Swimming the Tiber, part 1
I have recently converted to the Roman Catholic Church. My family and I are in the latter stages of coming into full communion with the Church. It’s been quite a journey for me personally. I say this because I recently had a friend who is Protestant, but also exploring the claims of the Catholic Church, encourage me to write about this and so I shall.
There were lots of things that compelled me to “swim the Tiber” and I’m not really sure where to start. I have spoken before and often about my journey into what I called the historic Church. I was raised Protestant, graduated from a Protestant seminary, was ordained in the Protestant tradition and even pastored a Protestant church. The last two to three years of my pastoral ministry, things began to change for me. I discovered something that was a bit jarring for me. I discovered that there were Christians before Martin Luther and after the Apostles.
I know, shocking, right?
I say this with, of course, a touch of sarcasm. I say it sarcastically because, growing up the way I did and being educated by the people I was educated by, one would have thought that Christianity had somehow been lost after St. John the Apostle died and Martin Luther nailed up his famous 95 Theses. Now, in fairness, not all Protestants think that there were no Christians between St. John and Luther…but most of them act like it. The attitude seems to be one of “Well, Christianity kinda got lost during all those dark years and then Luther came along and read the Bible and voila!” Again, I know I’m using caricature, but you get the point.
What happened, for me, was that I began to go back. I was reading Scripture and preparing sermons. Anyone who preaches regularly will know exactly what I mean when I say that I was wrestling with some of these texts. There are some things in Holy Scripture that are difficult to understand. So, I did what I was trained to do; I consulted commentaries. One day I realized that almost all the commentaries I had consulted were written within the last 100 years and all were written by Protestants. So I did something dangerous. I decided that I wanted to know what the earliest Christians thought about what Holy Scripture said.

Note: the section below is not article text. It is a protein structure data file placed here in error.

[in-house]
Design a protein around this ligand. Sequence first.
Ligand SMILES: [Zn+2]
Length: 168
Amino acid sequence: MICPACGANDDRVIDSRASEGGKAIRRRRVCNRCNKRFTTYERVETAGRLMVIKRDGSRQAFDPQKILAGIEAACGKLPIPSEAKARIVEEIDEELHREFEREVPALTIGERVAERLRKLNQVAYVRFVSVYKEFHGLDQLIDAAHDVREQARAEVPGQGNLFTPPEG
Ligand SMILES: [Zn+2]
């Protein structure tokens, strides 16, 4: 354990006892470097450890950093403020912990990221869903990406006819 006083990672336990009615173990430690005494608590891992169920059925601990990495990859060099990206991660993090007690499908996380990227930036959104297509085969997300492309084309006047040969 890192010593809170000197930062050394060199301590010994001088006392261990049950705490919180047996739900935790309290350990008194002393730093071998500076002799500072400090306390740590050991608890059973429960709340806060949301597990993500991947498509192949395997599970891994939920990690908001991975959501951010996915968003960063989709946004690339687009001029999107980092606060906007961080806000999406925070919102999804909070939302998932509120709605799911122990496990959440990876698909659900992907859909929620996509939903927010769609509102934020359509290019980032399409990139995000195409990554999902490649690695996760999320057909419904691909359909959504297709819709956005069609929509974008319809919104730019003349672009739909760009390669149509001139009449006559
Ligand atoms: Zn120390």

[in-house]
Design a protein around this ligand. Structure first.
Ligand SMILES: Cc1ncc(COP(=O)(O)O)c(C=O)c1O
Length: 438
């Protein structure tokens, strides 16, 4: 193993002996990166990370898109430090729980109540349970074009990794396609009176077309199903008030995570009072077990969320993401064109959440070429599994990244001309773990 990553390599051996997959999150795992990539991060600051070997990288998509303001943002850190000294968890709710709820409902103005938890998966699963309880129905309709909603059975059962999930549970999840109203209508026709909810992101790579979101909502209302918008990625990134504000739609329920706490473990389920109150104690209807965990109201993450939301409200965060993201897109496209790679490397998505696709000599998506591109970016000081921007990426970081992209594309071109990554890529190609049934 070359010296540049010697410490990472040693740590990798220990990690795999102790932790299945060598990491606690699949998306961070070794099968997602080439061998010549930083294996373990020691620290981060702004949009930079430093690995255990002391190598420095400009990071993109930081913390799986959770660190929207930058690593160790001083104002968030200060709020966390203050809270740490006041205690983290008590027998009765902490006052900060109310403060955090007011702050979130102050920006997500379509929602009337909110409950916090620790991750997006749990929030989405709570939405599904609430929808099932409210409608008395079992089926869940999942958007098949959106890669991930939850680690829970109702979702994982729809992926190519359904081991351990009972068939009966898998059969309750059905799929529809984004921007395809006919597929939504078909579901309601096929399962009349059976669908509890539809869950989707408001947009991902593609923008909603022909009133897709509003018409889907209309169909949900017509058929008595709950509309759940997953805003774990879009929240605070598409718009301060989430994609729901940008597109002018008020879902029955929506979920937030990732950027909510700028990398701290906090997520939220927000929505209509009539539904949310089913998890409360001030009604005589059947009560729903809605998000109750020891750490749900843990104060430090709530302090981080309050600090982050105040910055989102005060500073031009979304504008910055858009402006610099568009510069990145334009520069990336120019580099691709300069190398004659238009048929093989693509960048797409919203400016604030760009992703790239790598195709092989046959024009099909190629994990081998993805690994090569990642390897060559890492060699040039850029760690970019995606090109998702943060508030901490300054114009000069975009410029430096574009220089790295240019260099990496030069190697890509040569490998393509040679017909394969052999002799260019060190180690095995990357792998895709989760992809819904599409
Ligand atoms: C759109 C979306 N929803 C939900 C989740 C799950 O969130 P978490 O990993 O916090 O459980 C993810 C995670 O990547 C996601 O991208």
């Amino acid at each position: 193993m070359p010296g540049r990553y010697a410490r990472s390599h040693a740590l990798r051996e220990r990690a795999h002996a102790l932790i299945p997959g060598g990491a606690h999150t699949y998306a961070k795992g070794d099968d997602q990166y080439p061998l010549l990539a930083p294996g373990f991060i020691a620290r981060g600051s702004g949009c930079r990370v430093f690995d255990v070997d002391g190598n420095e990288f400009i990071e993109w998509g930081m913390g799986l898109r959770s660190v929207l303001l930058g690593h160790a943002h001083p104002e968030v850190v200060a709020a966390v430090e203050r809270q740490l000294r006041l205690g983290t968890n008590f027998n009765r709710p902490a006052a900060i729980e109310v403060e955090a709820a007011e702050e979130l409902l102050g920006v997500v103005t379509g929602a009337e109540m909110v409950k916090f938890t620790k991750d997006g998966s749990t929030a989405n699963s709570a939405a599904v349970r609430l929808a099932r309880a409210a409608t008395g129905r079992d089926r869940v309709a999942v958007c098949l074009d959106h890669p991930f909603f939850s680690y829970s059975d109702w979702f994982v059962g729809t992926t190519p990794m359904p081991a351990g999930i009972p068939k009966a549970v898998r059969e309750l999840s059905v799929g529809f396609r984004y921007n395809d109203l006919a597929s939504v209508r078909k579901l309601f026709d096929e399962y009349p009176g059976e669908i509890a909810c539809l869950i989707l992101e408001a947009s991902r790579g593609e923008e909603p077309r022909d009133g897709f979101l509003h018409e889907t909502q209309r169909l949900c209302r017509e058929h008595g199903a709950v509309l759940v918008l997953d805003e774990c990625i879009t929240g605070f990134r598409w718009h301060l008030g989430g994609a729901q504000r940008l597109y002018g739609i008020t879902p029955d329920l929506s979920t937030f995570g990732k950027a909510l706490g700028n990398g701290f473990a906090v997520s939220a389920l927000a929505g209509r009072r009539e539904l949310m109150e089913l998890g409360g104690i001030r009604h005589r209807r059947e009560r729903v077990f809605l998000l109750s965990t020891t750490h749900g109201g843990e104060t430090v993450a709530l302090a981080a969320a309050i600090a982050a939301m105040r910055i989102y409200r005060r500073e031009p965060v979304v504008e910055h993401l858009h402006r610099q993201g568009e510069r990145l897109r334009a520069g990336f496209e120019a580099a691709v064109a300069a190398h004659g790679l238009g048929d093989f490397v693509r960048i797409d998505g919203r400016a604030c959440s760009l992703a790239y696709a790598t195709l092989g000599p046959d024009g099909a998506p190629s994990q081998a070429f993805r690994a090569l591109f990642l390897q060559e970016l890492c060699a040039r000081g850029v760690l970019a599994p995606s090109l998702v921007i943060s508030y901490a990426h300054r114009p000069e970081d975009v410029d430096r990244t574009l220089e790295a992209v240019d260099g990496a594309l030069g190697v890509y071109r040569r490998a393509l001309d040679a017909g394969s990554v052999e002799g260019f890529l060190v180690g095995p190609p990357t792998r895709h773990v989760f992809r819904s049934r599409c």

Like, when Jesus, at the Last Supper, said, “This is My body…This is My blood..” What did He mean by that exactly and how did the earliest Christians view those statements? So I began to read and consult with the earliest Christian writings I could get my hands on.
You guessed it…the Church Fathers.
Some of this I’ve said before but, the point is worth re-stating. As I read the earliest Christian writers, thinkers, theologians, pastors etc, I was astounded. They were Catholic. For example (my brother and I talked a bit about this last weekend), did you know that you could not find a Christian for the first 1500 years or so of the Church that did not believe in baptismal regeneration? Let me say that a little more clearly. Baptismal regeneration was believed by all orthodox Christians for the first 1500 years of the Church.
Sure, there were people who didn’t believe that, but those people were considered to be heretical. For my Protestant friends, read that again. Baptismal regeneration was believed by all orthodox Christians for the first 1500 years of the Church. To say that I was shocked when I discovered this is a huge understatement. This flew in the face of everything I had been taught about baptism as a Protestant.
Another example for you. The unanimous belief of all orthodox Christians before the Protestant “Reformation” was in the real presence of Christ in the Eucharist. All orthodox Christians believed that Jesus was present body, soul and divinity in the Eucharist. Those who did not believe that were considered heretical. I can’t even begin to describe to you how much this shook me.
I wondered, ‘What else was I taught that doesn’t align with traditional Christianity?’
You must understand. I was, and am, wanting to align myself with and practice the faith “once for all delivered to the saints.” How can I claim to be Christian if I am not practicing the faith once for all delivered to the saints? How can I claim to be Christian if I don’t believe the faith once for all delivered to the saints?
We cannot claim that we are practicing the faith once for all delivered to the saints if we don’t follow the practice of the faith once for all delivered to the saints and we cannot claim that we believe the faith once for all delivered to the saints if we don’t believe what Christians have always believed.
I found myself in a really awkward position. Indeed, I found that I could not claim to be a Christian if I did not do and believe what Christians have always done and believed. As we progress, I will lay out my personal journey back to Mother Church.
I pray that this journey will be as wonderful for you as it has been for me.
Mark D Cannon
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